Secondary Traumatization in Criminal Justice Professions: A Literature Review. / KO, Hayley; Memon, Amina.

In: Psychology, Crime and Law, 20.10.2021.

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Abstract

Professionals working in the criminal justice sector are vulnerable to sources of indirect trauma such as the interactions with perpetrators of crime who themselves may be traumatised and exposure to distressing events or graphic material. This systematic review aims to examine the prevalence of this secondary traumatization and related resilience and risk factors among criminal justice professions. After identifying 158 relevant studies within PubMed, Scopus, Web of Science, PsycINFO, and Cochrane, 52 studies were included in this review. Low to moderate levels of secondary traumatization was reported in criminal justice professions. The low prevalence of secondary traumatization may be explained by social desirability and the stigma of mental health issues in these professions. Risk factors (i.e., history of mental illness, work-related trauma, negative coping strategies) predicted secondary traumatization. Support strategies and interventions were moderately effective, however further research and a consensual definition of secondary traumatization is needed, so that organisations may benefit from trauma-informed approaches.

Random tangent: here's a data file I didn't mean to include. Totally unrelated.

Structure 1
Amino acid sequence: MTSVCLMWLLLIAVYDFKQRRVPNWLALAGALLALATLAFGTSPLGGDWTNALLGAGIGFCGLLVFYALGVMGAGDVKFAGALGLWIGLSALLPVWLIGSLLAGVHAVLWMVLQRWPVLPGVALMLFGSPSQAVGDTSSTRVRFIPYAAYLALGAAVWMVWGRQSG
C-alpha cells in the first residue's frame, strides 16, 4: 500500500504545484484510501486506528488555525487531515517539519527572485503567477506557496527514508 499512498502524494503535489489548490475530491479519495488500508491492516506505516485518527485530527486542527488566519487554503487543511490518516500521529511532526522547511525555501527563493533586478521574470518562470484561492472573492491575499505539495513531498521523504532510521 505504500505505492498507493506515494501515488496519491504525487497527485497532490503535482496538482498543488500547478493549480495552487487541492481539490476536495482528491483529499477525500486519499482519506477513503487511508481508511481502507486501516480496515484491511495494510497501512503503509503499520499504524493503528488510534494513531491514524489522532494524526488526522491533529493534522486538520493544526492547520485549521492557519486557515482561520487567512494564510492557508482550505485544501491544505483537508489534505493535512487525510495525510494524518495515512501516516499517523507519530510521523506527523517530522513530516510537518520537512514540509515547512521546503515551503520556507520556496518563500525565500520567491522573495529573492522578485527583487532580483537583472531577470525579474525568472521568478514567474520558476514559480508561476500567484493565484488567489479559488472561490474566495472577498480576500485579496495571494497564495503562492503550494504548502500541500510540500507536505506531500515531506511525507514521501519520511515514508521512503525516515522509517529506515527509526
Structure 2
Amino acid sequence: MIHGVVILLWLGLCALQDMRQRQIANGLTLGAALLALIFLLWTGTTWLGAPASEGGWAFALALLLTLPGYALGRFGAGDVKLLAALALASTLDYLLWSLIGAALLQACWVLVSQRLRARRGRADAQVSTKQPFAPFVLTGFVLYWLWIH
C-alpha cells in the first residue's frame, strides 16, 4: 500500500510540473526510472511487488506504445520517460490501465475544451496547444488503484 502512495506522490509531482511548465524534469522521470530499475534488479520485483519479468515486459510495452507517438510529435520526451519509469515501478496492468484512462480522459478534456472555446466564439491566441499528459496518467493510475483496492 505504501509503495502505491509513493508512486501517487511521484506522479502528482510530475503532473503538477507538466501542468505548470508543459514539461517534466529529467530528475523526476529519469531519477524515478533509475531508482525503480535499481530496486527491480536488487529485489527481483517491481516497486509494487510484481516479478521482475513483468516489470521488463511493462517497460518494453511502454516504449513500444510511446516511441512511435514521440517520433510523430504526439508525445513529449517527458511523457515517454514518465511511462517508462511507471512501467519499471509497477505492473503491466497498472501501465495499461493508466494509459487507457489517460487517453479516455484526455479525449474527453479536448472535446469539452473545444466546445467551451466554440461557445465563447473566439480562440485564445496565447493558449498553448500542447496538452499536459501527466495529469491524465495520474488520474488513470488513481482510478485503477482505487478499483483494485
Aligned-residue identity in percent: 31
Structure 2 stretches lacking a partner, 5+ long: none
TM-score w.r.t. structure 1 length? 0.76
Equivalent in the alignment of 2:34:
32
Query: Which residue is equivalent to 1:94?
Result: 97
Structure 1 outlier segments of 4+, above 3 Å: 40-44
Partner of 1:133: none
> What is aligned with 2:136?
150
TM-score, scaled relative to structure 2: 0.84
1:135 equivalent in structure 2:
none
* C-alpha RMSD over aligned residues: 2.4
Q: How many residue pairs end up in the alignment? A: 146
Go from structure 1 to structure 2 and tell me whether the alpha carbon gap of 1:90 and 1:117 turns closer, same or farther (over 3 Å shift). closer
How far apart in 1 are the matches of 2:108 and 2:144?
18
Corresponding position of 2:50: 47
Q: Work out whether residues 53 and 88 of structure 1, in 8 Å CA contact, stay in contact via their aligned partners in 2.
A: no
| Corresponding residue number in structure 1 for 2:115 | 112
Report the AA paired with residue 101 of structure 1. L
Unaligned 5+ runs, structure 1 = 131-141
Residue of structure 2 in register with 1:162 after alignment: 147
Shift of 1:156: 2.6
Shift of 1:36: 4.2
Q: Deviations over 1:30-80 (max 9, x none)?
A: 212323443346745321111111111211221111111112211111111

Original languageEnglish
JournalPsychology, Crime and Law
Publication statusAccepted/In press - 20 Oct 2021

ID: 43471373